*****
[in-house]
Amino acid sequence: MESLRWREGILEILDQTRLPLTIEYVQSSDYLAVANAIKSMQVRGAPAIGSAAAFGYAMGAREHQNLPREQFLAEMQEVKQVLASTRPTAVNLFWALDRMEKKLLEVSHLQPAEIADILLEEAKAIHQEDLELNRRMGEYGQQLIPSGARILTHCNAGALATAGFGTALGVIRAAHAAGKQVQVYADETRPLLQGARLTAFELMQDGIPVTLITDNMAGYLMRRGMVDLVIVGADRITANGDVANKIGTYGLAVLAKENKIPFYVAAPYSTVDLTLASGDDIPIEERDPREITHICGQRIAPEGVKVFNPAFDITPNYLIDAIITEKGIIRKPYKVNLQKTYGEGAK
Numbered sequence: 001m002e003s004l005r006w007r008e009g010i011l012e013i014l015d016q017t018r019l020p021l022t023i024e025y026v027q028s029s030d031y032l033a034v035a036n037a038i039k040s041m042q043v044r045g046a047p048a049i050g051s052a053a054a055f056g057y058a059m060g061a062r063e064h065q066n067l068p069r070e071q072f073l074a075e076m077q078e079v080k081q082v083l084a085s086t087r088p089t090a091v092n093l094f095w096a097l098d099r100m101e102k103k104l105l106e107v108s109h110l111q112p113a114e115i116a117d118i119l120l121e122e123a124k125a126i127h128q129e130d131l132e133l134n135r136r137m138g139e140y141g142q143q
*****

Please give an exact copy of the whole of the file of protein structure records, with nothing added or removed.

[in-house]
Amino acid sequence: MESLRWREGILEILDQTRLPLTIEYVQSSDYLAVANAIKSMQVRGAPAIGSAAAFGYAMGAREHQNLPREQFLAEMQEVKQVLASTRPTAVNLFWALDRMEKKLLEVSHLQPAEIADILLEEAKAIHQEDLELNRRMGEYGQQLIPSGARILTHCNAGALATAGFGTALGVIRAAHAAGKQVQVYADETRPLLQGARLTAFELMQDGIPVTLITDNMAGYLMRRGMVDLVIVGADRITANGDVANKIGTYGLAVLAKENKIPFYVAAPYSTVDLTLASGDDIPIEERDPREITHICGQRIAPEGVKVFNPAFDITPNYLIDAIITEKGIIRKPYKVNLQKTYGEGAK
Numbered sequence: 001m002e003s004l005r006w007r008e009g010i011l012e013i014l015d016q017t018r019l020p021l022t023i024e025y026v027q028s029s030d031y032l033a034v035a036n037a038i039k040s041m042q043v044r045g046a047p048a049i050g051s052a053a054a055f056g057y058a059m060g061a062r063e064h065q066n067l068p069r070e071q072f073l074a075e076m077q078e079v080k081q082v083l084a085s086t087r088p089t090a091v092n093l094f095w096a097l098d099r100m101e102k103k104l105l106e107v108s109h110l111q112p113a114e115i116a117d118i119l120l121e122e123a124k125a126i127h128q129e130d131l132e133l134n135r136r137m138g139e140y141g142q143q